Confirm Licensing and Insurance

If your state licenses contractors, you can typically do an online license check. As far as insurance goes, the Better Business Bureau’s website indicates what the insurance requirements are for each state – so that’s a good place to find pertinent information. At the minimum, all contractors should have worker’s compensation insurance, so you’re not financially liable if one of their employees injures themselves while on the job. To verify, ask to see a copy of the contractor’s certificate of insurance. Any reliable contractor should have these items on hand and will gladly provide them upon request.

Don’t Ignore Red Flags

With a large number of scam artists posing as professional contractors, homeowners should be aware of who they’re dealing with. If a contractor pressures you for a quick hiring decision, accepts only cash, wants to skip the building permit, tries to cut you a deal using materials leftover from a previous project, or quotes a final price without seeing the job, consider cutting all ties and moving onto your next option. Although some reliable contractors solicit door to door, be wary if they’re not local to the area.

Put Everything in Writing

Once you’ve chosen a contractor, be sure to draw up a contract that details every step of the project, including payment schedules, proof of liability insurance, a start date, a projected completion date, specific materials and/or products to be used, and a requirement that the contractor obtain lien releases from all subcontractors and suppliers. Lien releases will protect you if he or she doesn’t pay their bills. Insisting on a clear contract isn’t a sign of mistrust, it’s a sign of insuring a successful renovation from start to finish. Happy home renovating!

Create a Chic Bathroom on the Cheap

Although the cost of a bathroom makeover can be daunting, there are plenty of ways to save. One smart way to save money during a renovation or bathroom upgrade is to focus your efforts on smaller, more commonly used areas of your bathroom instead of replacing large, expensive, fixtures. Make your project even more affordable by selecting lower-priced fixtures over their higher-priced alternatives. The less need there is to relocate plumbing and electrical, the lower the renovation bill will be. Here are some inexpensive ways you can improve your bathroom while staying on track with your budget.

Coordinate Accents

An easy way to give your bath a designer touch is with matching accessories. If your medicine cabinet has a silver frame, find a faucet with a similar finish. Similarly, if you have an accent wall painted a particular color, make sure any rugs, carpets or towels in the bathroom are of a corresponding color. By using colors that clash with each other, you’ll be detracting from the visual aesthetic of your bathroom. Certain colors can be used for different purposes – blue-green hues and yellows create a peaceful sense of tranquility, while deep reds and blues can create an almost majestic atmosphere.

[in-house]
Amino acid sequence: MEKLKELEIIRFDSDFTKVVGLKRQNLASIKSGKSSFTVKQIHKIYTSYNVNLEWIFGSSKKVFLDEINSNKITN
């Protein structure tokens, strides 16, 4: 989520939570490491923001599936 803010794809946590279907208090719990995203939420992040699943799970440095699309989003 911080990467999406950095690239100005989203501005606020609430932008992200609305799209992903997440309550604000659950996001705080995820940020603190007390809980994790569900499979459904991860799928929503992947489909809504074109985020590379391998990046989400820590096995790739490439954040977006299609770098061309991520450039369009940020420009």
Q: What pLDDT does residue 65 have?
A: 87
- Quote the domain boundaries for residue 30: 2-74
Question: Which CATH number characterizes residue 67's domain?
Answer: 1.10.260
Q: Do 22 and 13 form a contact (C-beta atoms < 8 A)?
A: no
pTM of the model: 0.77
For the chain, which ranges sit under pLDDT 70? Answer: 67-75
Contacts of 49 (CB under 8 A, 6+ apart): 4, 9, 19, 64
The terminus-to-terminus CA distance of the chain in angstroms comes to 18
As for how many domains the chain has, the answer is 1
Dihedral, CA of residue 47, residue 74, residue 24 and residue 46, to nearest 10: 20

Add a Natural Touch

Although a bouquet of flowers in the bathroom may seem unexpected or out of place, incorporating a small vase of yard-cut greens is a unique way to add freshness to a bathroom. If you plan on purchasing flowers for your bathroom, be sure to take into consideration the location and amount of light your bathroom receives before making a trip to the nursery. Those looking for a natural way to deodorize can slip a perfumed tablet of preserved cranberries and orange slices into the drawer of a vanity.

Brighten Up

In many cases, homeowners decide to replace bathroom tiles on a whim – without ever actually taking the time to find out if they can be salvaged. Just because the tile in your bathroom looks old and worn, doesn’t mean it can’t be brightened up with a bit of elbow grease. By purchasing an eco-friendly acid etcher, you’ll be able to remove ground-in dirt from the surface in addition to grout lines. Spend some time with the etcher, and you may be surprised by the difference it can make – old, worn out tile can be transformed to something lighter and brighter before your very eyes.

Make Investments in Your Future

Installing a shower door is a very popular renovation and can typically be done for as little as $150. Although the price may seem high for a simple shower door, think of it as an investment: you won’t have to continually replace your shower curtains, and you won’t have to worry about children or guests making a mess on your bathroom floor. Additionally, many shower doors come with built-in towel storage, so you can create room on your walls for a mirror, photograph, or other type of accent piece.